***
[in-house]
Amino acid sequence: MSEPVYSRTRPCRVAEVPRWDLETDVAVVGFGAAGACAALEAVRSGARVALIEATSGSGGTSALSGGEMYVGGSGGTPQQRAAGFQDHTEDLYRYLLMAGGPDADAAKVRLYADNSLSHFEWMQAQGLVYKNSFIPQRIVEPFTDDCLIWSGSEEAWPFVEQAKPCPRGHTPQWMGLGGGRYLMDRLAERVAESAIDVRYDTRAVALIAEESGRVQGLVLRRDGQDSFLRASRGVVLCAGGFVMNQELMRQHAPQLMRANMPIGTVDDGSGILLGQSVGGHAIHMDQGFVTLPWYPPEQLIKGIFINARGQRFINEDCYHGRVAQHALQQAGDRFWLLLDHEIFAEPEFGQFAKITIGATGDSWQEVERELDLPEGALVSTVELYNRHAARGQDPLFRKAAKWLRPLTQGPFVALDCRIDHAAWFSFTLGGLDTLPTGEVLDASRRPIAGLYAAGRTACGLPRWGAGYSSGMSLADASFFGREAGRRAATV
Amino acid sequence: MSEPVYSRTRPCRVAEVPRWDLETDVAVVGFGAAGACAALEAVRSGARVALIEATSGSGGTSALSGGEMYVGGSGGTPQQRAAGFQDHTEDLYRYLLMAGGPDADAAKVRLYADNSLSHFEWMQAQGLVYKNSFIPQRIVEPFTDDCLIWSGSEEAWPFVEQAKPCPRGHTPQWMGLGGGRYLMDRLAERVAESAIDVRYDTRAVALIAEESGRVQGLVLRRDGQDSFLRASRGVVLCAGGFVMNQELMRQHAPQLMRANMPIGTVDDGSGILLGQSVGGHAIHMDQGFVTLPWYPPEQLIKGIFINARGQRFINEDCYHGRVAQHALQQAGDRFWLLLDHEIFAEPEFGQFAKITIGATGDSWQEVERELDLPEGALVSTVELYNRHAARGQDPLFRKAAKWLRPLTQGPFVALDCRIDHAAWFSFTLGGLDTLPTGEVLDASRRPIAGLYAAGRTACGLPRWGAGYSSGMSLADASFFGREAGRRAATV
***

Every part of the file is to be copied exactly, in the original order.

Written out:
[in-house]
Amino acid sequence: MSEPVYSRTRPCRVAEVPRWDLETDVAVVGFGAAGACAALEAVRSGARVALIEATSGSGGTSALSGGEMYVGGSGGTPQQRAAGFQDHTEDLYRYLLMAGGPDADAAKVRLYADNSLSHFEWMQAQGLVYKNSFIPQRIVEPFTDDCLIWSGSEEAWPFVEQAKPCPRGHTPQWMGLGGGRYLMDRLAERVAESAIDVRYDTRAVALIAEESGRVQGLVLRRDGQDSFLRASRGVVLCAGGFVMNQELMRQHAPQLMRANMPIGTVDDGSGILLGQSVGGHAIHMDQGFVTLPWYPPEQLIKGIFINARGQRFINEDCYHGRVAQHALQQAGDRFWLLLDHEIFAEPEFGQFAKITIGATGDSWQEVERELDLPEGALVSTVELYNRHAARGQDPLFRKAAKWLRPLTQGPFVALDCRIDHAAWFSFTLGGLDTLPTGEVLDASRRPIAGLYAAGRTACGLPRWGAGYSSGMSLADASFFGREAGRRAATV
Amino acid sequence: MSEPVYSRTRPCRVAEVPRWDLETDVAVVGFGAAGACAALEAVRSGARVALIEATSGSGGTSALSGGEMYVGGSGGTPQQRAAGFQDHTEDLYRYLLMAGGPDADAAKVRLYADNSLSHFEWMQAQGLVYKNSFIPQRIVEPFTDDCLIWSGSEEAWPFVEQAKPCPRGHTPQWMGLGGGRYLMDRLAERVAESAIDVRYDTRAVALIAEESGRVQGLVLRRDGQDSFLRASRGVVLCAGGFVMNQELMRQHAPQLMRANMPIGTVDDGSGILLGQSVGGHAIHMDQGFVTLPWYPPEQLIKGIFINARGQRFINEDCYHGRVAQHALQQAGDRFWLLLDHEIFAEPEFGQFAKITIGATGDSWQEVERELDLPEGALVSTVELYNRHAARGQDPLFRKAAKWLRPLTQGPFVALDCRIDHAAWFSFTLGGLDTLPTGEVLDASRRPIAGLYAAGRTACGLPRWGAGYSSGMSLADASFFGREAGRRAATV